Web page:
Le Beaujolais Nouveau est arrivée. Or almost….
Each year the new vintage of the ‘new’ Beaujolais is unveiled on the third Thursday of November. It’s a date that has become somewhat of a global phenomenon in the past few decades thanks to some rather slick marketing which means that establishments from Shanghai to Sydney and San Francisco will all be popping corks in celebration of this red wine which was made from grapes harvested a mere two months ago.
Yet it’s fair to say that this very young, very light and very fruity drop is not to every wine lover’s taste.
In fact, in all my years supplying wine to yachts I’ve never seen Beaujolais Nouveau on a preference sheet.
Yet Gamay, the grape of Beaujolais, is a variety that makes some very fine wines. After all, it’s the other red grape of Burgundy (Pinot Noir being the first, of course). And, if you move beyond Nouveau on the label, you’ll discover the impressive wines that do call the granite soils of Beaujolais, a wine region just north of Lyon, home.
Wines which not just offer great value for money but also ageing potential and an impressive versatility.
I’m taking about the ten ‘cru’ vineyards of Beaujolais. These sites, selected for their demonstrated quality, are a world apart from the wine the world will be celebrating on Thursday, November 19th. So much so that you wont find mention of Beaujolais nor Nouveau anywhere on the label.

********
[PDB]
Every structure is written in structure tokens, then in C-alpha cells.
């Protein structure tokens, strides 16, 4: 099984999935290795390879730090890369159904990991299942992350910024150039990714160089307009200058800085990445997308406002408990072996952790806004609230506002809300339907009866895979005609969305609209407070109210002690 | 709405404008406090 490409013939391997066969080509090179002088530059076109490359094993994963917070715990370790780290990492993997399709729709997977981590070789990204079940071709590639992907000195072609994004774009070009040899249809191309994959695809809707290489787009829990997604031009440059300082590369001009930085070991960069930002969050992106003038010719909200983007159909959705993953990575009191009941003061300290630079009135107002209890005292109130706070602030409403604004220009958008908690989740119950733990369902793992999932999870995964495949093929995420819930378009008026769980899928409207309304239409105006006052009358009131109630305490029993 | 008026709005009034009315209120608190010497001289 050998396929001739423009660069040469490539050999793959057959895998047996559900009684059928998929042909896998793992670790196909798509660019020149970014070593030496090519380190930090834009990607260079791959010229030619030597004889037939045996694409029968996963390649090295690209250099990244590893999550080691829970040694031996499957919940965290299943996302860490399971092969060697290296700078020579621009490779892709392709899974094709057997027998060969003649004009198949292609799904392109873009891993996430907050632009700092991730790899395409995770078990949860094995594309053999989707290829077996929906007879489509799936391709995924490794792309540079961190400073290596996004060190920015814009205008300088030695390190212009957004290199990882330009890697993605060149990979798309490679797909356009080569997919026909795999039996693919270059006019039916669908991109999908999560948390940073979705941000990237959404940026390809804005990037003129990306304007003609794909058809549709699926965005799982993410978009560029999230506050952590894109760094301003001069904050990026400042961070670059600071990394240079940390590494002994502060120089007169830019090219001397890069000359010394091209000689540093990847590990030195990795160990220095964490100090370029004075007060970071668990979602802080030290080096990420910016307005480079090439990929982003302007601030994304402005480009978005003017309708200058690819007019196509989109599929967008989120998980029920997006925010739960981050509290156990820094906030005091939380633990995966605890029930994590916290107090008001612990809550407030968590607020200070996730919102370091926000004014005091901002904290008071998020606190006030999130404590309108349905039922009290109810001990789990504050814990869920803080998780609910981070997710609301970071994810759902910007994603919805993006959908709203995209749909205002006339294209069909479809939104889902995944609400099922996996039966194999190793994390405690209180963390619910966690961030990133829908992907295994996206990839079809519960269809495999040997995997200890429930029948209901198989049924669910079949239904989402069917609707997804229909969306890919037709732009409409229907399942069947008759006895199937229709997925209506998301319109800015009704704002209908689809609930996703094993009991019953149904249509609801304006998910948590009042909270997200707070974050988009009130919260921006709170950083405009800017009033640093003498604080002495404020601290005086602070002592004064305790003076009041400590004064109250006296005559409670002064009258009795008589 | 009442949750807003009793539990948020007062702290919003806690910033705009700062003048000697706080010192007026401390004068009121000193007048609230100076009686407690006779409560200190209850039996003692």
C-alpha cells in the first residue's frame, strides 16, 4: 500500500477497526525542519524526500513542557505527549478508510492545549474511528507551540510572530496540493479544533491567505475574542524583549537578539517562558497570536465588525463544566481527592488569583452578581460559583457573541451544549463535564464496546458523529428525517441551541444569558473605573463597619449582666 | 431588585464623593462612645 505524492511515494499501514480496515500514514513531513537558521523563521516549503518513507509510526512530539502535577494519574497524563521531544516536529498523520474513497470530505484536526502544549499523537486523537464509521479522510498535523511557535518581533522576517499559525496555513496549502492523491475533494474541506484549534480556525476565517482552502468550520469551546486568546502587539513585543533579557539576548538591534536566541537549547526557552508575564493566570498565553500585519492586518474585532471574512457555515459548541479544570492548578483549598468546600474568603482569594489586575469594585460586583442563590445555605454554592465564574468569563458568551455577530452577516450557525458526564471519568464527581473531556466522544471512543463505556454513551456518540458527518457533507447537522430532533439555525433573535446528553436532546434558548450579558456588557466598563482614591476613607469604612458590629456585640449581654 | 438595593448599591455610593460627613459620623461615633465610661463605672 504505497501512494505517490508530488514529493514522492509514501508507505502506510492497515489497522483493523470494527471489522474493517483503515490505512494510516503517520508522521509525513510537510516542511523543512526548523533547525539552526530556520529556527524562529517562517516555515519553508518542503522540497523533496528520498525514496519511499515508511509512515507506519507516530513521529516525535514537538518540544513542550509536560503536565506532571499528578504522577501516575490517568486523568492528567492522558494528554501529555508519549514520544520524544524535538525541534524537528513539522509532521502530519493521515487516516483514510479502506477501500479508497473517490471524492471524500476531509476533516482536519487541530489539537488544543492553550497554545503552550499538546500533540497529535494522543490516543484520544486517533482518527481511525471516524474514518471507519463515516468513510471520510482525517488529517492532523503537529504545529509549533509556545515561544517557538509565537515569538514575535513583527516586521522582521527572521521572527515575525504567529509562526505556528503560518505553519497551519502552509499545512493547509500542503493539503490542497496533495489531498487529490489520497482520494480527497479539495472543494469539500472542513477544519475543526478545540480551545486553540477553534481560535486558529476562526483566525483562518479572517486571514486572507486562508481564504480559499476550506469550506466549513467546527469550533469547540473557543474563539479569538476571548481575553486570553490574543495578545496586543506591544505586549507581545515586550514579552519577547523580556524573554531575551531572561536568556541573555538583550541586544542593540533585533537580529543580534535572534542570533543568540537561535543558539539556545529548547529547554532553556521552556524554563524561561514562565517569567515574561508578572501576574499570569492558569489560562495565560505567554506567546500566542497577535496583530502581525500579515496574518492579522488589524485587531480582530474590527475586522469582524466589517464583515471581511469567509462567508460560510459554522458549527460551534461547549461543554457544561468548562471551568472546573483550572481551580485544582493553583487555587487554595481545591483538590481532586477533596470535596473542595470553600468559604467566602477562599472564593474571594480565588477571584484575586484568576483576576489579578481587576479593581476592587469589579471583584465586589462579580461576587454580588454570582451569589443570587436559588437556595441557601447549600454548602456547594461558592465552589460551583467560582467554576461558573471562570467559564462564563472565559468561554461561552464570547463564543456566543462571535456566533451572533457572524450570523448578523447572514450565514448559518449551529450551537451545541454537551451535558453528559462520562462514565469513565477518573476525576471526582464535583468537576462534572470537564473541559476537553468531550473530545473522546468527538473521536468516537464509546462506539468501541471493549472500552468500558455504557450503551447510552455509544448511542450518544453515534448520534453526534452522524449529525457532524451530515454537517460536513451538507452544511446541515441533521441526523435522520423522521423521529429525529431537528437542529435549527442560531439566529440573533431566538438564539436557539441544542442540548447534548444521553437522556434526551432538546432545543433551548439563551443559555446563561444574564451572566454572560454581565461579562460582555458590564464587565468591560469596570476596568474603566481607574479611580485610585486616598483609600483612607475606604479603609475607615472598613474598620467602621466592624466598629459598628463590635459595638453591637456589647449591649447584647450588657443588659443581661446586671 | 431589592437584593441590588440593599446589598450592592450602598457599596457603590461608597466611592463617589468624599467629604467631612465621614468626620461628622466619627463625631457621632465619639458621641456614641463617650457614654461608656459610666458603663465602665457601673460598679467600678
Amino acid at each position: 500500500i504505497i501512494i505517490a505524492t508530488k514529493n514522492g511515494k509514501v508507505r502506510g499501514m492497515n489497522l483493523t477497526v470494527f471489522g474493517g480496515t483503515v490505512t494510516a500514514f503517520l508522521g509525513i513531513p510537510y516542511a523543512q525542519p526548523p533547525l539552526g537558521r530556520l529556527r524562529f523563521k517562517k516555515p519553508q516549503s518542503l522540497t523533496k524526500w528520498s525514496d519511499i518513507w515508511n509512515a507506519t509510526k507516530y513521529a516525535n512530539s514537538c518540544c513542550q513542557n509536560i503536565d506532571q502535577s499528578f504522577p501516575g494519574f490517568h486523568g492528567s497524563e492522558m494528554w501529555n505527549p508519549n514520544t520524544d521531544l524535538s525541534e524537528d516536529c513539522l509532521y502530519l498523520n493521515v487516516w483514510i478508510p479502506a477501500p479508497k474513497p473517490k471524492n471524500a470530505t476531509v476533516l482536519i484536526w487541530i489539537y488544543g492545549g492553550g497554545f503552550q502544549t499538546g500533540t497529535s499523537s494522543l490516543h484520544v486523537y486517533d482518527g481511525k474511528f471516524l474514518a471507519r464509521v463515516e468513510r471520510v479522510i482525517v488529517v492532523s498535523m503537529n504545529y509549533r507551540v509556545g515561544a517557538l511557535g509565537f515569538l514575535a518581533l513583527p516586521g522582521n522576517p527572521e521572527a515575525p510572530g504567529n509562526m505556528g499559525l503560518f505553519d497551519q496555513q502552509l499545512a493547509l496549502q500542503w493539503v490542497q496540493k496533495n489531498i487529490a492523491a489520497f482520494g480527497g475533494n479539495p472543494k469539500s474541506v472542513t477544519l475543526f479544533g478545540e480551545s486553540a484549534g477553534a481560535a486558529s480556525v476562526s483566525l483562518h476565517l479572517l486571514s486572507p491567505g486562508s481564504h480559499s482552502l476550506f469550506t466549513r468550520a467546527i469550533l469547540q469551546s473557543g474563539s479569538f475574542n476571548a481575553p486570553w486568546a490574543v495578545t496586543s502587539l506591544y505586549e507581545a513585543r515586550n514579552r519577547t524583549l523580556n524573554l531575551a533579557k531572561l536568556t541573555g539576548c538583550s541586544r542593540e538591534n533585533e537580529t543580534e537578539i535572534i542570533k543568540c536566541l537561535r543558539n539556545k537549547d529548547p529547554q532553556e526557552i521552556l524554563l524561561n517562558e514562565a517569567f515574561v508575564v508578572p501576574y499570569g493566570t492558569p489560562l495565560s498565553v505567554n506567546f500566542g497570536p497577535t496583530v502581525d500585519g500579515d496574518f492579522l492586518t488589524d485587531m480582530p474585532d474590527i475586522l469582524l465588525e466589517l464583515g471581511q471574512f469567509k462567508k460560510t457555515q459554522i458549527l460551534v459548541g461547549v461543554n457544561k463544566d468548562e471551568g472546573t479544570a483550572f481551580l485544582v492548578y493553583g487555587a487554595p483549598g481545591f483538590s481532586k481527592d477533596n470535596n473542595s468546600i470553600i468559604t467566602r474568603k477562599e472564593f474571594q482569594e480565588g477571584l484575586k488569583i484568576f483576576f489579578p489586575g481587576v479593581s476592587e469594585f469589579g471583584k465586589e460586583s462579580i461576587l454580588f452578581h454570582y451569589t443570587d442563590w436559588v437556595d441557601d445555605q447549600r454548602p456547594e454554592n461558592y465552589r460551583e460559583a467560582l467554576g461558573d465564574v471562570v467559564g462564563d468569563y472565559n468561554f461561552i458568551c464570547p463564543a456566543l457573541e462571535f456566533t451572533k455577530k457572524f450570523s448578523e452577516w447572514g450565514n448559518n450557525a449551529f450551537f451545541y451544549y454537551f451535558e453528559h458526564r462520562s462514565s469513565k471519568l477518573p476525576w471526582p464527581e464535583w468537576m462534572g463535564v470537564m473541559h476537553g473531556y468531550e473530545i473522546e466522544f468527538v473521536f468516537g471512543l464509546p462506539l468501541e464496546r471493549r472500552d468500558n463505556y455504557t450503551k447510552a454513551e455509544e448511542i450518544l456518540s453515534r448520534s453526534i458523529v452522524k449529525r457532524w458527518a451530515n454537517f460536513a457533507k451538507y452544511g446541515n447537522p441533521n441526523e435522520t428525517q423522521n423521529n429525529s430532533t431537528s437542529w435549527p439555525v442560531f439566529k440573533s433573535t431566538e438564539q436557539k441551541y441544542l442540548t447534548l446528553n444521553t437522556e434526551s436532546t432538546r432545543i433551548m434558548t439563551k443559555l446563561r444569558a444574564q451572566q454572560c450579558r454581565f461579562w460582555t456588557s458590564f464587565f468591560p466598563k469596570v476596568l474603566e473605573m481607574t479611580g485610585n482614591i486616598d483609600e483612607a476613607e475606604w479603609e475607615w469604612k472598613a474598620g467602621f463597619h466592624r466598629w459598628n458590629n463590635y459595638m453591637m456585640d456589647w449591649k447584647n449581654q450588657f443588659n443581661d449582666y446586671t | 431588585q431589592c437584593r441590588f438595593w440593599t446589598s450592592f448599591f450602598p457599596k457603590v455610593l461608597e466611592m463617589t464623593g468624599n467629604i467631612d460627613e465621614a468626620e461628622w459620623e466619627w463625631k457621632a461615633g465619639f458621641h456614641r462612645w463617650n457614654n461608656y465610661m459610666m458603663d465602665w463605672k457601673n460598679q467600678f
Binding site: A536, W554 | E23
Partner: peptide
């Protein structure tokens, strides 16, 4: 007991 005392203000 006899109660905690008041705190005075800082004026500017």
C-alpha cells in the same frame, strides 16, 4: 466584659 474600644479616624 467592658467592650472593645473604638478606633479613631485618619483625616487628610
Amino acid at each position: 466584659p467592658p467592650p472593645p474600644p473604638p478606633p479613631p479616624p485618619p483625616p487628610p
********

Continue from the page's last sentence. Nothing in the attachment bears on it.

Beaujolais’ ten cru vineyards boast some of the most poetic names in wine: Moulin-à-Vent, Chénas, Brouilly, Côte de Brouilly, Fleurie, Morgon, Chiroubles, Juliénas, Régnie, and the romantic Saint-Amour (which is incredibly popular mid February for some reason!)
Each boasts distinct characteristics, but as a general rule you can expect more full-bodied, complex wines that are often released a good year or two after harvest. Many have seen oak and can age for a decade or more, ever-evolving in the bottle.
Just like red wines from neighbouring Burgundy, these are wines which are best served around 58°F/14-15°C, although a decanter is rarely needed. Beaujolais is a classic match with a plate of French charcuterie, however as you become acquainted with the ten crus their individual characters come into play; the lighter cru villages such Fleurie and Chiroubles can take a bit of chilling and are one of those wonderful red wines you can match to meatier fish such as tuna and salmon. The heavier cru villages such as Morgan and Moulin-à-Vent work a treat with rich red meat dishes and are a great alternative when a red Burgundy would generally be served.
So next time you’re looking for something a little different for your luxury yacht charter, why not take the time to taste the other Beaujolais?
The monthly wine blog for Bespoke Yacht Charter is written by Chrissie McClatchie, an Australian freelance wine professional and writer who has been selling fine wine to superyachts since her arrival in Nice in 2007. Today she also teaches WSET wine courses and conducts guided visits through Nice’s AOC Bellet.